For any radar designer, it is a great challenge to detect and track the sea surface target by using the wideband monopulse radar. Our work provides a comprehensive understanding of the effect of the design of wideband monopulse radar on the angle measurement performance in K-distributed sea clutter plus noise. In this paper, we do not consider the effects of multipath and flare angle of target. We plan to study these issues as a future work.

https://doi.org/10.1155/2017/2081718

Conflicts of Interest

The authors declare that there are no conflicts of interest regarding the publication of this paper.

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Hong Zhu, Yujian Pan, Weiwei Wu, Ning Tai, and Naichang Yuan

College of Electronic Science and Engineering, National University of Defense Technology, Changsha 410073, China

Correspondence should be addressed to Hong Zhu; zhuhong13@nudt.edu.cn

Received 17 January 2017; Revised 8 April 2017; Accepted 20 April 2017; Published 24 May 2017

Academic Editor: Benjamin Ivorra

Caption: Figure 1: Theoretical and simulated radar detection probabilities for [[sigma].sup.2.sub.ns] = 1, [P.sub.f] = [10.sup.-4], [P.sub.opt] = 8, and CNR = 10 dB (black: spatially independent texture case, gray: spatially correlated texture case.). (a) [v.sub.cs] = 1; (b) [v.sub.cs] = 25.

Caption: Figure 2: [N.sub.opt] against CNR in different shape parameters, for [[sigma].sup.2.sub.ns] = 1, [P.sub.f] = [10.sup.-4], and [P.sub.opt = 30.

Caption: Figure 3: Conditional RMSE of MR in different values of N, for [[sigma].sup.2.sub.ns] = 1, [P.sub.f] = [10.sup.-4], [P.sub.opt] = 8, [theta]Q = 0.3, and v = 1; CNRs of sum and difference channels are 20 dB and 15 dB, respectively. (a) Spatially independent texture case: [y.sub.sm] and [y.sub.dm] are independent. (b) Spatially independent texture case: [y.sub.sm] and [y.sub.dm] are completely correlated. (c) Spatially correlated texture case: [y.sub.sm] and [y.sub.dm] are independent. (d) Spatially correlated texture case: [y.sub.sm] and [y.sub.dm] are completely correlated.

Caption: Figure 4: Conditional mean and conditional STD of MR error in different values of N when the texture is independent in range and [y.sub.sm] and [y.sub.dm] are independent, for [[sigma].sup.s = 1, [P.sub.f] = [10.sup.-4], [P.sub.opt] = 8, [theta] = 0.3, and v =1; CNRs of sum and difference channels are 20 dB and 15 dB, respectively. (a) Conditional mean of MR error; (b) conditional STD of MR error.

Caption: Figure 5: Angle measurement performance for different clutter shape parameters, for [[sigma].sup.2.sub.ns] = 1, [P.sub.f] = [10.sup.-4], [P.sub.opt] = 8, and [theta] = 0.3; CNRs of sum and difference channels are 20 dB and 15 dB, respectively. (a) Spatially independent texture case: [y.sub.sm] and [y.sub.dm] are independent. (b) Spatially independent texture case: [y.sub.sm] and [y.sub.dm] are completely correlated. (c) Spatially correlated texture case: [y.sub.sm] and [y.sub.dm] are independent. (d) Spatially correlated texture case: [y.sub.sm] and [y.sub.dm] are completely correlated.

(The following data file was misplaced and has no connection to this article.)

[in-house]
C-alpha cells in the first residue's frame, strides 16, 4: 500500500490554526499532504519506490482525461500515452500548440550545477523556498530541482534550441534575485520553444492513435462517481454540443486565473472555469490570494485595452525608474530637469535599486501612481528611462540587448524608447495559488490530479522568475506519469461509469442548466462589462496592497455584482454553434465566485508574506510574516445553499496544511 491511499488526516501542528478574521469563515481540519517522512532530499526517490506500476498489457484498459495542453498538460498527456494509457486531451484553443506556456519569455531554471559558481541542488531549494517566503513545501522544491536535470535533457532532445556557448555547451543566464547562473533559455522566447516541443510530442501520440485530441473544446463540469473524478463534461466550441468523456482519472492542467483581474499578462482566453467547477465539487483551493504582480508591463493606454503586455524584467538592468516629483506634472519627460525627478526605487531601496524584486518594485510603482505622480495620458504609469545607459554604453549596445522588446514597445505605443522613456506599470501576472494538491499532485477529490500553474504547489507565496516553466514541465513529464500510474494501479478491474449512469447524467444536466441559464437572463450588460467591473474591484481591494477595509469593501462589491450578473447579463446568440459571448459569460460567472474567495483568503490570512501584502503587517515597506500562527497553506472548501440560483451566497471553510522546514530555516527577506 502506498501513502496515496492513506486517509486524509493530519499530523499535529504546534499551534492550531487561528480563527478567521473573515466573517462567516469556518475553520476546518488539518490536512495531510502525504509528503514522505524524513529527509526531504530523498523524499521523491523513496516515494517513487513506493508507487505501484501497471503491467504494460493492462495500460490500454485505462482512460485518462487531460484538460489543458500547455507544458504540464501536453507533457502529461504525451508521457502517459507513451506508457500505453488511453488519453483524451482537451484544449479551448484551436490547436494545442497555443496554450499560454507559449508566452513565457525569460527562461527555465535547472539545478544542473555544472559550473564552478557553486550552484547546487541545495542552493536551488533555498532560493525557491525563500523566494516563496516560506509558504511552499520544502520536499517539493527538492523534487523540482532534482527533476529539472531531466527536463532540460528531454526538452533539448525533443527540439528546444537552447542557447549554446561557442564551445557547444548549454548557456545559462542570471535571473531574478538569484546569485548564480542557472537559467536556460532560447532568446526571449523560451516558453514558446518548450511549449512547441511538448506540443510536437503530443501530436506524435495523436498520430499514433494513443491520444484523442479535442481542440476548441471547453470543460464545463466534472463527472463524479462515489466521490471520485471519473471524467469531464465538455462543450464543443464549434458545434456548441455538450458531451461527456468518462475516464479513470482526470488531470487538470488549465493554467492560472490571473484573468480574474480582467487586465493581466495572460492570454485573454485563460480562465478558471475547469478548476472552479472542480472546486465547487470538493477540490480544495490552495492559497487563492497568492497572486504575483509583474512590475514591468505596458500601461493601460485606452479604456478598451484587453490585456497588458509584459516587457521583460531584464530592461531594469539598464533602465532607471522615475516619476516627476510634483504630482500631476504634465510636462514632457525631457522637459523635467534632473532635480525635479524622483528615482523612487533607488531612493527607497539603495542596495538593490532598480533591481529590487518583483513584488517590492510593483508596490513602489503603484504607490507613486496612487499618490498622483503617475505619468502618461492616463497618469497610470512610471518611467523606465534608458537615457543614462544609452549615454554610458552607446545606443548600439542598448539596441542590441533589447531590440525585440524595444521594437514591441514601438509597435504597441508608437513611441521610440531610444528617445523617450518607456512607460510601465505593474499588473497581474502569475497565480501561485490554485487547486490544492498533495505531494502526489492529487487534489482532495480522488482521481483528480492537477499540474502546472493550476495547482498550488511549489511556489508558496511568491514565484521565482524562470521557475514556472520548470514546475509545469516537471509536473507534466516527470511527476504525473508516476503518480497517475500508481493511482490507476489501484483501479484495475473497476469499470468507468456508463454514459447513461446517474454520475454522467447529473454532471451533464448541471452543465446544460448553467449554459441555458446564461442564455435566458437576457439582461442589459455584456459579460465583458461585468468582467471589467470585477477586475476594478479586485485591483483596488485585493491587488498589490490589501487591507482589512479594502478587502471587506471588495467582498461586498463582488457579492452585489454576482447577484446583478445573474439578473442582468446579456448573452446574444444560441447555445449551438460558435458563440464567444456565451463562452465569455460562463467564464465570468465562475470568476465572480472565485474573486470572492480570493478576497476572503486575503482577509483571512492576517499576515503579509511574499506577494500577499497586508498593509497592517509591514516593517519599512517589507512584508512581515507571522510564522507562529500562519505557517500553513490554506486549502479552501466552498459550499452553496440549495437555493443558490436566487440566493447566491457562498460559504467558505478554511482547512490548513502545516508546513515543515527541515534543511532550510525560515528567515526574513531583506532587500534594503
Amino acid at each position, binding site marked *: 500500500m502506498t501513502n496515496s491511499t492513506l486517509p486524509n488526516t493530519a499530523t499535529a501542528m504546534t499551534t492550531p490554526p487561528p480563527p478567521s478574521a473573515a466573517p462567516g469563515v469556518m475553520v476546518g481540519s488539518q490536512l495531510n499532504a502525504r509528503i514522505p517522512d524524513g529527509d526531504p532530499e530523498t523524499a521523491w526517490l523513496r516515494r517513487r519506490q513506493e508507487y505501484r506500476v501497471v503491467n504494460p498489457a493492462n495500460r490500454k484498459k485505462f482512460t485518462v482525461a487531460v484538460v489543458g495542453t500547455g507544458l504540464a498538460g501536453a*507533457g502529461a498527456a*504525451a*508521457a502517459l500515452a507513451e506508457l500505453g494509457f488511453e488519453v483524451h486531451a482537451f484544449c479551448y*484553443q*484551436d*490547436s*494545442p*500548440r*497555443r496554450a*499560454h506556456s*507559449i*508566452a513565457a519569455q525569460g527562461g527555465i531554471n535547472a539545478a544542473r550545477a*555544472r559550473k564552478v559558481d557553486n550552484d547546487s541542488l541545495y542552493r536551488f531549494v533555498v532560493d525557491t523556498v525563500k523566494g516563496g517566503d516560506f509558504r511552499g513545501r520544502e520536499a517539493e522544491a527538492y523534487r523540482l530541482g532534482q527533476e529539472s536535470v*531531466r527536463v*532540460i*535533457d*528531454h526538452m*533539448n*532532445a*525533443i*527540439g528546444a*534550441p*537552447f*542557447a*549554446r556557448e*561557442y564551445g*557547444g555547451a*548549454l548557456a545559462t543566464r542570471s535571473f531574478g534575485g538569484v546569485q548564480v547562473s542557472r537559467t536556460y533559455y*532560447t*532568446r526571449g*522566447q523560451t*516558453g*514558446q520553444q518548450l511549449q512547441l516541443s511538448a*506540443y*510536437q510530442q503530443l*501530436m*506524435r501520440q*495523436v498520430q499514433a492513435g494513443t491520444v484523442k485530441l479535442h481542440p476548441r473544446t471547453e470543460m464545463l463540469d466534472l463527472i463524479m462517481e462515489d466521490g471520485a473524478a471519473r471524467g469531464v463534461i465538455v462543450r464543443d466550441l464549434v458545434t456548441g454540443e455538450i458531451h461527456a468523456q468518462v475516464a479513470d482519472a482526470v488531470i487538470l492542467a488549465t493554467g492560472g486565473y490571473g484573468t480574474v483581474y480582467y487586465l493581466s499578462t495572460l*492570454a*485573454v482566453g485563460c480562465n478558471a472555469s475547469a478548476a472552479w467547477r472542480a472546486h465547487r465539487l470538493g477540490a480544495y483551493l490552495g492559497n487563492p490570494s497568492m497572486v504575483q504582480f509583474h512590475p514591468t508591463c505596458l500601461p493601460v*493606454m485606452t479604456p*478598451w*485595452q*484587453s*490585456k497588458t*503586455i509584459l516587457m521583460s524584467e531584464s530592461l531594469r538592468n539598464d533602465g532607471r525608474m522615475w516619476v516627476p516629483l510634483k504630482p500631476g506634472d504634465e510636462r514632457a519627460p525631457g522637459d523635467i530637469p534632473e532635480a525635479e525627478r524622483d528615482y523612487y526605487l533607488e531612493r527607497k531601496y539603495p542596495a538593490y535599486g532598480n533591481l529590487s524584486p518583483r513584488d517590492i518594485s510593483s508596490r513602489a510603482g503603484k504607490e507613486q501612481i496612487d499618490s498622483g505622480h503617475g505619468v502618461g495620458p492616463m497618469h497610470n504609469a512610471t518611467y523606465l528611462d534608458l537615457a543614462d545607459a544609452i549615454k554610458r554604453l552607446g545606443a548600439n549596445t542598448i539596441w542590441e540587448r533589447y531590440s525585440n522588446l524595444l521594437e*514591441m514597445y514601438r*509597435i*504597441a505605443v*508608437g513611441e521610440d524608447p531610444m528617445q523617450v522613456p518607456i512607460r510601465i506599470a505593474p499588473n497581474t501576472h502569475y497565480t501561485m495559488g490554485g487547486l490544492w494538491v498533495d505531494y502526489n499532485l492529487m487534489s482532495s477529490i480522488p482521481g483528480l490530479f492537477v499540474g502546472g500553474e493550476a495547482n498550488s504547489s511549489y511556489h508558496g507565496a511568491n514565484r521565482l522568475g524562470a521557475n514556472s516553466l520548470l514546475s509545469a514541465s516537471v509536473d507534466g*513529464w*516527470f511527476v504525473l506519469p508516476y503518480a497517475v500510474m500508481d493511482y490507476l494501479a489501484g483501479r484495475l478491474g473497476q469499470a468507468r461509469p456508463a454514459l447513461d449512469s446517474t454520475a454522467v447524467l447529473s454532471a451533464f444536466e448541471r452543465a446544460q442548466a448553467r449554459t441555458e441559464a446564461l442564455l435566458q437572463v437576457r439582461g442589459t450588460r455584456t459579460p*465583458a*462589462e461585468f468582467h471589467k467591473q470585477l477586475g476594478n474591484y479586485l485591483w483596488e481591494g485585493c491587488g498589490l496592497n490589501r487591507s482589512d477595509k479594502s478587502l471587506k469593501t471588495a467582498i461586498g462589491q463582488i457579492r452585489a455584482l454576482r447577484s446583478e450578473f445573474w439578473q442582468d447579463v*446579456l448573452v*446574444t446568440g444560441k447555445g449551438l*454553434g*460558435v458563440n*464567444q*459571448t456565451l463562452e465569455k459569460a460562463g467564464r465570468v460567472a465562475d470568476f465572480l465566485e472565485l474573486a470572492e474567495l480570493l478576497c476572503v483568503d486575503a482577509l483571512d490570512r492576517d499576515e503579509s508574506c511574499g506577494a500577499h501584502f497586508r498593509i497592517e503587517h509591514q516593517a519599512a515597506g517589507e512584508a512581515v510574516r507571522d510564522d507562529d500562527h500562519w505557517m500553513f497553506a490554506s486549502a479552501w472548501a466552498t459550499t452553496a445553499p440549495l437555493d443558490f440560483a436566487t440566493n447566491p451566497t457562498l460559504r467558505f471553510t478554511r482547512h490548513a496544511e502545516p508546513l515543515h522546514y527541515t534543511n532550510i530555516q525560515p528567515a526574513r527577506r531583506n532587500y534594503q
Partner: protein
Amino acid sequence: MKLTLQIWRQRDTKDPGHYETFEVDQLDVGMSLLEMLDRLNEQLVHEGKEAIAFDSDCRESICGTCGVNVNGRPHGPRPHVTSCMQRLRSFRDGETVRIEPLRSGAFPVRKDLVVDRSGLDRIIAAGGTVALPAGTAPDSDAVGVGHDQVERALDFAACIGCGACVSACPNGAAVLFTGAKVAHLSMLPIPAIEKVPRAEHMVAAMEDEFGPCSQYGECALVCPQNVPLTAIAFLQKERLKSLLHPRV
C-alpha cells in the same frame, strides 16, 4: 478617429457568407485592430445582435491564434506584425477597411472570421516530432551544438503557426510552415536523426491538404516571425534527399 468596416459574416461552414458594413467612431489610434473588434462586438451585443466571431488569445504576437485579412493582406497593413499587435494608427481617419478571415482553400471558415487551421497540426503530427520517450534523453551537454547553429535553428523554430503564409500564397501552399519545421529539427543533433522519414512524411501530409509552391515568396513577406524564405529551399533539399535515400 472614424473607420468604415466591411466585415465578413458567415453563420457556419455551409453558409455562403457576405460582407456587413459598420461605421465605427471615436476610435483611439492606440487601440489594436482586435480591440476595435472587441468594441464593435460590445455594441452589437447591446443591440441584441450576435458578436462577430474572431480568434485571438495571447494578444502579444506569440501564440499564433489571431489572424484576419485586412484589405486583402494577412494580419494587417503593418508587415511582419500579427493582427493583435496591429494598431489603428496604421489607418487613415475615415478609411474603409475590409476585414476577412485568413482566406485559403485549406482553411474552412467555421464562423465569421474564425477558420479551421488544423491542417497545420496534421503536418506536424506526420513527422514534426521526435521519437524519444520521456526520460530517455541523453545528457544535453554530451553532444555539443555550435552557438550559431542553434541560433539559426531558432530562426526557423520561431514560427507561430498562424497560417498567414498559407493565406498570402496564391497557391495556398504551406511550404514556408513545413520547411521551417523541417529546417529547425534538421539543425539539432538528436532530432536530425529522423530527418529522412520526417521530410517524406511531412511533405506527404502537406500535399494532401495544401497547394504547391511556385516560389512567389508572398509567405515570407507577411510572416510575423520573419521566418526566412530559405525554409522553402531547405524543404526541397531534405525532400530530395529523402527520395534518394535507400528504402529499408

Caption: Figure 6: Conditional mean and conditional STD of MR error for different clutter shape parameters when the texture is independent in range and [y.sub.sm] and [y.sub.dm] are independent, where [[sigma].sup.2].sub.ns] = 1, [P.sub.f] = [10.sup.-4], [P.sub.opt] = 8, and [theta] = 0.3; CNRs of sum and difference channels are 20 dB and 15 dB, respectively. (a) Conditional mean of MR error; (b) conditional STD of MR error

Caption: Figure 7: Measured clutter data processing results. (a) CNR of three channels; (b) CNR difference between the sum and difference channel; (c) the correlation coefficient of the texture components between the sum and difference channels; (d) the correlation coefficient of the speckle

Caption: Figure 8: Performances of angle measurement in different correlation coefficients, for v = 1, [[sigma].sup.2.sub.ns] = 1, [P.sub.f] = [10.sup.-4], [P.sub.opt] = 8, and [theta] = 0.3; CNRs of sum and difference channels are 20 dB and 15 dB, respectively. (a) Conditional RMSE of MR; (b) conditional mean of MR error; (c) conditional standard deviation of MR error. components between the sum and difference channels.

Figure 9: Y[[r.sub.[epsilon]] | [[DELTA].sub.2]] against the deviation angle in different CNRs, for SCNR = 12.6 dB, v = 1, [[sigma].sup.2.sub.ns] = 1, [P.sub.f] = [10.sup.-4], and [P.sub.opt] = 8. (a) Elevation direction; (b) azimuth direction.

Caption: Figure 10: Performances of angle measurement for different clutter CNRs, for v = 1, [P.sub.f] = [10.sup.-4], [P.sub.opt] = 8, [[sigma].sup.2].sub.cs] + [[sigma].sup.2].sub.ns] = 15 dB, and [theta] = 0.3. (a) Conditional RMSE of MR; (b) conditional mean of MR error; (c) conditional standard deviation of MR error.
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Title Annotation:Research Article
Author:Zhu, Hong; Pan, Yujian; Wu, Weiwei; Tai, Ning; Yuan, Naichang
Publication:Mathematical Problems in Engineering
Article Type:Report
Date:Jan 1, 2017
Words:11761